Although izakayas in the motherland are often enlivened by sake-fuelled abandon, there’s a leisurely rhythm to “mu”, the cavernous Dalston hideout where small plates and live music collide, a dimly lit place where every diner seems to be on a third or fourth Hinge date.

The menu items, which can groove between fried aubergine enhanced by white miso, and cool slivers of yellowtail with yuzu and pomegranate, are the perfect foil for soaking up the excess of sweetened cocktails. If you have thick cutlets of crunchy-chewy pork tonkatsu on the mind, you’ll be just fine.


The cooking at Mayha certainly feels as though it eclipses some of the better-known names in town, especially if you consider that its chef, Jurek Wasio, might well be the most generous man on the scene – his insistence to not hold back on serving several gratuitous rounds of o-toro slices and ember-pressed salmon sushi before dessert is a move that lies somewhere in the middle of unsparing hospitality and the act of a baker giving out discount loaves at the end of the day’s trade.

At Mayha, Wasio, with co-chef Yuichi Nakaya, is serving some of the most accomplished omakase at the moment, which is to say that you won’t have to fluster in a blind-panic over the menu, because the pair won’t give you any choice; what arrives in front of you, and at what rhythm, is conducted by them, and even though a meal here showcases the usual measures of this high-style of cooking – a sense of stillness, seriousness and precision – there’s room for freewheeling and imagination, too.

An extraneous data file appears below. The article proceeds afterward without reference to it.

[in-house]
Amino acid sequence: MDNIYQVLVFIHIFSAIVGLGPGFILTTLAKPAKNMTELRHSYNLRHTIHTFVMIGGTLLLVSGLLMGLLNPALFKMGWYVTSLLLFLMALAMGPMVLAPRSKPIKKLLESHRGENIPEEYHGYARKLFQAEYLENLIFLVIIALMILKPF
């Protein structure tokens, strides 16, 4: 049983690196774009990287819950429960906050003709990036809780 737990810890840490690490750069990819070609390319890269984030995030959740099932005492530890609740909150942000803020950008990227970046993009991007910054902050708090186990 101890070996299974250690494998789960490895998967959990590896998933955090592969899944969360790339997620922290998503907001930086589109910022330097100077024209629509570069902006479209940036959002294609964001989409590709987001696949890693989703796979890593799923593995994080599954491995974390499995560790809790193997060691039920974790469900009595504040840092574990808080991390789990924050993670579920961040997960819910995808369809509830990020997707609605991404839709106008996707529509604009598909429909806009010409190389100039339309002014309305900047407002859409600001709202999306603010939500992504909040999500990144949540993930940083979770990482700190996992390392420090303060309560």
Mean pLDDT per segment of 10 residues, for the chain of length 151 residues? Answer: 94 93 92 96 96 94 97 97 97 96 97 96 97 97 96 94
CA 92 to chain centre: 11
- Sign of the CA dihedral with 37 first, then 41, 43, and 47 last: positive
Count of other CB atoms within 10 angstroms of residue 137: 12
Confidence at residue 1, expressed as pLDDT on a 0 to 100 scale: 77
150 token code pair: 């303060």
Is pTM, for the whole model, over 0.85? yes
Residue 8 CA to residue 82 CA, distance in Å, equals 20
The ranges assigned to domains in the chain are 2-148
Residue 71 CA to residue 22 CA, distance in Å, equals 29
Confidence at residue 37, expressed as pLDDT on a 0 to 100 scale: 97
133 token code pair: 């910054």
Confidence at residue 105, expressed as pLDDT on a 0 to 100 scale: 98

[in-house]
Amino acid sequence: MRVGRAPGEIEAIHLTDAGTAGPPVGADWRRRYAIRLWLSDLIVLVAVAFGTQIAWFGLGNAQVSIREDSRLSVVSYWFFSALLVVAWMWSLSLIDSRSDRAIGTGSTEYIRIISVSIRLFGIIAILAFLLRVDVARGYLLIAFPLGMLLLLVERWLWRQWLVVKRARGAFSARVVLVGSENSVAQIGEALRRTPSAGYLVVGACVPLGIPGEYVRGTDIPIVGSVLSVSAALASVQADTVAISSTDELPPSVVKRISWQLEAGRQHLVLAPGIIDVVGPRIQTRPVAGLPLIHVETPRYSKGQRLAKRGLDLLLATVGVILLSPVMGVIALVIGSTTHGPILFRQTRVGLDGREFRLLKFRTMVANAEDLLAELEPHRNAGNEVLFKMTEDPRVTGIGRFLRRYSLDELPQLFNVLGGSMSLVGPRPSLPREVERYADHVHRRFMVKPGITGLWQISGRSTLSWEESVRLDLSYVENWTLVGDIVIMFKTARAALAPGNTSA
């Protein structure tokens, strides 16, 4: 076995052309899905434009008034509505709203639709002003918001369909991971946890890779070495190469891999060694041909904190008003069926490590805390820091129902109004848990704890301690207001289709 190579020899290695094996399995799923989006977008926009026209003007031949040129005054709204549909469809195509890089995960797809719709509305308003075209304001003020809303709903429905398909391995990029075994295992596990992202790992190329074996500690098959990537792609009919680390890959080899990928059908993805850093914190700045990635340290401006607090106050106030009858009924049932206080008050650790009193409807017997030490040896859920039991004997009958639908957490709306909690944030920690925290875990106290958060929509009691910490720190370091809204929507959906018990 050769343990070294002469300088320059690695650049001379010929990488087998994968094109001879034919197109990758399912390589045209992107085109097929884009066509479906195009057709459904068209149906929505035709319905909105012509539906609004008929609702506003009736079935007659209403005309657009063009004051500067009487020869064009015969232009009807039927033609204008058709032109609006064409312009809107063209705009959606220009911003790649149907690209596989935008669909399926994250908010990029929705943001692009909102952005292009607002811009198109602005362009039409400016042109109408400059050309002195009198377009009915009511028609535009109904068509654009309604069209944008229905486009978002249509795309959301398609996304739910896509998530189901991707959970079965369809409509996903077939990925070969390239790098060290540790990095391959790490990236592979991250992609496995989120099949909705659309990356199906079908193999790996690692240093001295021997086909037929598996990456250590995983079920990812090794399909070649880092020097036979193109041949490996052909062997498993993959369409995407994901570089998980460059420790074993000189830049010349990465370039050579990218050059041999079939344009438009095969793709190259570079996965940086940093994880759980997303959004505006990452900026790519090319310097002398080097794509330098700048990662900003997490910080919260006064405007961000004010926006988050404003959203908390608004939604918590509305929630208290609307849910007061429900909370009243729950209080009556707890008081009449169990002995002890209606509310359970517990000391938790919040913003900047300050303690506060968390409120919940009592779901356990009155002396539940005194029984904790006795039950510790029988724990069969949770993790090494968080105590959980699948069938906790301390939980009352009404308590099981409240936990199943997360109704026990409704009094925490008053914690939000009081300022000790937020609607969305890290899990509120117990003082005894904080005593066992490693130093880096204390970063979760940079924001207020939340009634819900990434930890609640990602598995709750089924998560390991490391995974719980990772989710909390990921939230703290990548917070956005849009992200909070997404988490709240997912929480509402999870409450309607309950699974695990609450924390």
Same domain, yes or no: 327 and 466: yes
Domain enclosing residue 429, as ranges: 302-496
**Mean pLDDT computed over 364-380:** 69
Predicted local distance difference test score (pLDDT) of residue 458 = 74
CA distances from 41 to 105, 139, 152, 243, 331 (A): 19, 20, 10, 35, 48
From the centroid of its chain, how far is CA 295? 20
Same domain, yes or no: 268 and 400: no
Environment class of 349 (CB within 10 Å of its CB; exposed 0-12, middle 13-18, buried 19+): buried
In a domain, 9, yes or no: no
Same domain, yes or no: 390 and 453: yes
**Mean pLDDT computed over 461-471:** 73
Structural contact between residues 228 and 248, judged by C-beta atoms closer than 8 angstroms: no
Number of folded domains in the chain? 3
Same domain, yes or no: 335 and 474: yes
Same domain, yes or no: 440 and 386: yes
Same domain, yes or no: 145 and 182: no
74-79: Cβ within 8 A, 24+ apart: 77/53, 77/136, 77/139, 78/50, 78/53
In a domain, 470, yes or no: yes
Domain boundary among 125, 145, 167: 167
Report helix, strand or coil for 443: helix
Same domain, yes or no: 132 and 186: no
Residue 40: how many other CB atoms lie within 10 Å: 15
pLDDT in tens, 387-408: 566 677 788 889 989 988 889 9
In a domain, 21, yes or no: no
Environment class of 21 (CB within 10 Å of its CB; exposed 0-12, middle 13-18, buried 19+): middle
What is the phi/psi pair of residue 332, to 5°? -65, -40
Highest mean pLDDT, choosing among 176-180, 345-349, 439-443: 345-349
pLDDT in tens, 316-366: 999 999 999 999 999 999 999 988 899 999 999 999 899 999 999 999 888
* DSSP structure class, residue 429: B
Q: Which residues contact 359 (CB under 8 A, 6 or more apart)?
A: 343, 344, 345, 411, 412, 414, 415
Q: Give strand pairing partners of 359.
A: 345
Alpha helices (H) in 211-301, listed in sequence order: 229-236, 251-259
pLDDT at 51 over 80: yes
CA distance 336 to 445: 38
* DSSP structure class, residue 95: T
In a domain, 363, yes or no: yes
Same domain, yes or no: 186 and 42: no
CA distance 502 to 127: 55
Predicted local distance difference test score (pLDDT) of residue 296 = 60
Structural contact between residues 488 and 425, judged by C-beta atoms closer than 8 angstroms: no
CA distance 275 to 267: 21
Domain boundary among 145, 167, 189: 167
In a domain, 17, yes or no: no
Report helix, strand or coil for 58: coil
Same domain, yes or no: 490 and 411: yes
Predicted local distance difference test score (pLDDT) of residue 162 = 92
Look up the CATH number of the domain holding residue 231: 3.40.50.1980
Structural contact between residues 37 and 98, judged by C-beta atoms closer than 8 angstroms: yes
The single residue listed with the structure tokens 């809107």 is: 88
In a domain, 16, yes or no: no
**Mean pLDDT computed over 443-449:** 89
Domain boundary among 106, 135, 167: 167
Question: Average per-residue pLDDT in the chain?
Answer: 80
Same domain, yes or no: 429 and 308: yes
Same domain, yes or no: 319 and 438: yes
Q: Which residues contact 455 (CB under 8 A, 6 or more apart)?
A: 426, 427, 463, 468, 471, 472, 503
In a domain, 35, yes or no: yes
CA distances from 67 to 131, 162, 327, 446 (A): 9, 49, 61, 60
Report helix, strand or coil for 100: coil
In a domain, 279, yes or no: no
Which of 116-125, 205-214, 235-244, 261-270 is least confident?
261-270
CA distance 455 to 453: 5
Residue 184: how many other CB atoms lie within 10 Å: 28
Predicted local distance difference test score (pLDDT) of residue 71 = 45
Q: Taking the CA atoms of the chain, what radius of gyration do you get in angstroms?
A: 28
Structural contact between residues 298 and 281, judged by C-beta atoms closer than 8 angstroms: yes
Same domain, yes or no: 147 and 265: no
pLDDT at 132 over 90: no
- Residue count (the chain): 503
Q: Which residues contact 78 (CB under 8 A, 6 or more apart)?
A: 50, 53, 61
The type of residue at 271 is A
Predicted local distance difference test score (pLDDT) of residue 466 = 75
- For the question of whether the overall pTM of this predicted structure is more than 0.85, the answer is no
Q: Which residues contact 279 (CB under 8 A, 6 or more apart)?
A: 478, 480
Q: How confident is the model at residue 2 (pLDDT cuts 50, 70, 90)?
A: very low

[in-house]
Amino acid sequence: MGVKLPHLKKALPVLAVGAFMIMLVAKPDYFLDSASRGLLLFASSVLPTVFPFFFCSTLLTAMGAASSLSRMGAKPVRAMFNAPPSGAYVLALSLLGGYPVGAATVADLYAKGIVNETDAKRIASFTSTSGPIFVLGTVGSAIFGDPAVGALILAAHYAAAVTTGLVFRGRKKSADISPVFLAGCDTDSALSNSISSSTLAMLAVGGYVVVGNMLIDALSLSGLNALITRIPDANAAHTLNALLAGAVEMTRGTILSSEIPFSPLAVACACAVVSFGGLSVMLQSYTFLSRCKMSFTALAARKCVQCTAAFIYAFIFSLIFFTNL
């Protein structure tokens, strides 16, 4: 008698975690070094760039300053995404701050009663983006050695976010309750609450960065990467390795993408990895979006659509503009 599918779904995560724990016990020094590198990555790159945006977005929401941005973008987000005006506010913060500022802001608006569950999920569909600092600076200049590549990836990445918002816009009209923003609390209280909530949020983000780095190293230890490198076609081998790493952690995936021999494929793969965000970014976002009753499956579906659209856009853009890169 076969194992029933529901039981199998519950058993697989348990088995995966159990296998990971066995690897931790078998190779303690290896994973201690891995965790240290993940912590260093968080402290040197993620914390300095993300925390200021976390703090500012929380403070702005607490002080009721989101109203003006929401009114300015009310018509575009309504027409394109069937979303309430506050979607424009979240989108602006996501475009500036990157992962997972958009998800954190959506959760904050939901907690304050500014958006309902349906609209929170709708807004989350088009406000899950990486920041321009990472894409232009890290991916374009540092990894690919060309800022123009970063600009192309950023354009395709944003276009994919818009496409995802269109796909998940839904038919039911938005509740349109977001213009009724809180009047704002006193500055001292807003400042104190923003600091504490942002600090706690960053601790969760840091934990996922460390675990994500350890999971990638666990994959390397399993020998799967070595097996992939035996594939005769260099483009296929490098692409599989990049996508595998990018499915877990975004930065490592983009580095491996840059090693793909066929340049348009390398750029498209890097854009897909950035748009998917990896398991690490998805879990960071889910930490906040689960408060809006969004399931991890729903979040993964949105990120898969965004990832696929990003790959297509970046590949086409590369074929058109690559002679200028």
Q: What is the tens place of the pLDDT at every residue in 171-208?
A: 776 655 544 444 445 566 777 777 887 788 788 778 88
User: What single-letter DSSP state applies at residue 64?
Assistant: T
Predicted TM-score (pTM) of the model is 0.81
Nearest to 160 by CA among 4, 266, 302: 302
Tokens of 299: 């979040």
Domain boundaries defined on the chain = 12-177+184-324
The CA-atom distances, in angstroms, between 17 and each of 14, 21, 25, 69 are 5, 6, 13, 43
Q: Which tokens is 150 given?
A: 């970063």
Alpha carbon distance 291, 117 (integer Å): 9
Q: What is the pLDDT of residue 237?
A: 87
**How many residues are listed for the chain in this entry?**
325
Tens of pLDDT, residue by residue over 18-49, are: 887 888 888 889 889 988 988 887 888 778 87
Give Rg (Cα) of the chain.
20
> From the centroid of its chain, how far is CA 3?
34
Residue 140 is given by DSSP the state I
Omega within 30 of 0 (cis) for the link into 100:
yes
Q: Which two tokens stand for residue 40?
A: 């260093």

So, the sourdough, first chargrilled and then finely coated with wild-garlic miso butter, is spread heavy with o-toro tartare that’s been chopped up with anchovies, capers, fermented cucumber, and Polish Antonius Caviar; the homemade tofu, folded together with Japanese black-sesame paste and slicked up with a splash of Sicilian olive oil, holds as much weight on the menu as the small mound of bamboo shoots steamed with dashi; and two or three shreds of lobster arrive with cold apple oroshi – grated apple – and a little touch of horseradish aioli, an arrangement that, as soon as you taste it, will sync you into the beauty of the season. Just remember to save room for those sushi handouts.